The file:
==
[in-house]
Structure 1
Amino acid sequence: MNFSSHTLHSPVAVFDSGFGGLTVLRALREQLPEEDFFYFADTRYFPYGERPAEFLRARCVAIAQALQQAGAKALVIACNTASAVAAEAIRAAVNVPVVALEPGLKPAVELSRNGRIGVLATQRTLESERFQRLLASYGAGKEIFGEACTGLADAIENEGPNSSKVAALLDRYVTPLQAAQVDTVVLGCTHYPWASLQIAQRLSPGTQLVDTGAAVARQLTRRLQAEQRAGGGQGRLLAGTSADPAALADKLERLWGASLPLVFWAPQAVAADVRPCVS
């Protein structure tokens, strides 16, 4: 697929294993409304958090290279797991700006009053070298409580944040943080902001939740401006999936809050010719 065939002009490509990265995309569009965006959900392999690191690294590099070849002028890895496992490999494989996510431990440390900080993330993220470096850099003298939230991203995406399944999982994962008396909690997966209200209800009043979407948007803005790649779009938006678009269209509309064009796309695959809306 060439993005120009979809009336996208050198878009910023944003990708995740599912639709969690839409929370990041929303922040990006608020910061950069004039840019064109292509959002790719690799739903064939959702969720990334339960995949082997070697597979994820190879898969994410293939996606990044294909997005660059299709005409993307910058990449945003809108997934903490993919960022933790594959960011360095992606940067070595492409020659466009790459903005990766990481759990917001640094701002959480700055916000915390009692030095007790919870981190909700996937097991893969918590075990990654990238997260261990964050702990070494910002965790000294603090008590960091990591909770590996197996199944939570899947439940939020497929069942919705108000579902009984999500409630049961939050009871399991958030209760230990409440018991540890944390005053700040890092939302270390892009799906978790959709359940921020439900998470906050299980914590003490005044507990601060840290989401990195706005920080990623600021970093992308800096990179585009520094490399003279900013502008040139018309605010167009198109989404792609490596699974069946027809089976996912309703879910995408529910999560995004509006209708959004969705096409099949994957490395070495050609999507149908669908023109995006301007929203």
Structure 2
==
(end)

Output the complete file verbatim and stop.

[in-house]
Structure 1
Amino acid sequence: MNFSSHTLHSPVAVFDSGFGGLTVLRALREQLPEEDFFYFADTRYFPYGERPAEFLRARCVAIAQALQQAGAKALVIACNTASAVAAEAIRAAVNVPVVALEPGLKPAVELSRNGRIGVLATQRTLESERFQRLLASYGAGKEIFGEACTGLADAIENEGPNSSKVAALLDRYVTPLQAAQVDTVVLGCTHYPWASLQIAQRLSPGTQLVDTGAAVARQLTRRLQAEQRAGGGQGRLLAGTSADPAALADKLERLWGASLPLVFWAPQAVAADVRPCVS
């Protein structure tokens, strides 16, 4: 697929294993409304958090290279797991700006009053070298409580944040943080902001939740401006999936809050010719 065939002009490509990265995309569009965006959900392999690191690294590099070849002028890895496992490999494989996510431990440390900080993330993220470096850099003298939230991203995406399944999982994962008396909690997966209200209800009043979407948007803005790649779009938006678009269209509309064009796309695959809306 060439993005120009979809009336996208050198878009910023944003990708995740599912639709969690839409929370990041929303922040990006608020910061950069004039840019064109292509959002790719690799739903064939959702969720990334339960995949082997070697597979994820190879898969994410293939996606990044294909997005660059299709005409993307910058990449945003809108997934903490993919960022933790594959960011360095992606940067070595492409020659466009790459903005990766990481759990917001640094701002959480700055916000915390009692030095007790919870981190909700996937097991893969918590075990990654990238997260261990964050702990070494910002965790000294603090008590960091990591909770590996197996199944939570899947439940939020497929069942919705108000579902009984999500409630049961939050009871399991958030209760230990409440018991540890944390005053700040890092939302270390892009799906978790959709359940921020439900998470906050299980914590003490005044507990601060840290989401990195706005920080990623600021970093992308800096990179585009520094490399003279900013502008040139018309605010167009198109989404792609490596699974069946027809089976996912309703879910995408529910999560995004509006209708959004969705096409099949994957490395070495050609999507149908669908023109995006301007929203």
Structure 2